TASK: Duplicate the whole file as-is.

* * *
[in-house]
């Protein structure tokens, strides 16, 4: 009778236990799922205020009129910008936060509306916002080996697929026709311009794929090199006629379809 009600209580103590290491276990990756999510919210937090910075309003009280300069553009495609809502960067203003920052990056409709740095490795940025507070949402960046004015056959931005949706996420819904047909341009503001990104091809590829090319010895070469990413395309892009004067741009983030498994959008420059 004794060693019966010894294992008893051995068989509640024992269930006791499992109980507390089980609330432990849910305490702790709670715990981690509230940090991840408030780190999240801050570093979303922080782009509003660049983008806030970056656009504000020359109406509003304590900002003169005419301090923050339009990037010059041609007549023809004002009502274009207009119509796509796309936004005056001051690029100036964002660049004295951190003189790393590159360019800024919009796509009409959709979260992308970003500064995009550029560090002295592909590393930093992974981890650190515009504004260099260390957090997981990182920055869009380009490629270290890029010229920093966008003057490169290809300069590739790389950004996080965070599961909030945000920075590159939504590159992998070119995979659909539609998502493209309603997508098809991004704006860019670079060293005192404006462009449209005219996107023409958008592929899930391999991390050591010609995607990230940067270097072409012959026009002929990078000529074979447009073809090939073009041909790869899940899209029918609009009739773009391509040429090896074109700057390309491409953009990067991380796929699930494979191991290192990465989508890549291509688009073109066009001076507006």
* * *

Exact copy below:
[in-house]
């Protein structure tokens, strides 16, 4: 009778236990799922205020009129910008936060509306916002080996697929026709311009794929090199006629379809 009600209580103590290491276990990756999510919210937090910075309003009280300069553009495609809502960067203003920052990056409709740095490795940025507070949402960046004015056959931005949706996420819904047909341009503001990104091809590829090319010895070469990413395309892009004067741009983030498994959008420059 004794060693019966010894294992008893051995068989509640024992269930006791499992109980507390089980609330432990849910305490702790709670715990981690509230940090991840408030780190999240801050570093979303922080782009509003660049983008806030970056656009504000020359109406509003304590900002003169005419301090923050339009990037010059041609007549023809004002009502274009207009119509796509796309936004005056001051690029100036964002660049004295951190003189790393590159360019800024919009796509009409959709979260992308970003500064995009550029560090002295592909590393930093992974981890650190515009504004260099260390957090997981990182920055869009380009490629270290890029010229920093966008003057490169290809300069590739790389950004996080965070599961909030945000920075590159939504590159992998070119995979659909539609998502493209309603997508098809991004704006860019670079060293005192404006462009449209005219996107023409958008592929899930391999991390050591010609995607990230940067270097072409012959026009002929990078000529074979447009073809090939073009041909790869899940899209029918609009009739773009391509040429090896074109700057390309491409953009990067991380796929699930494979191991290192990465989508890549291509688009073109066009001076507006």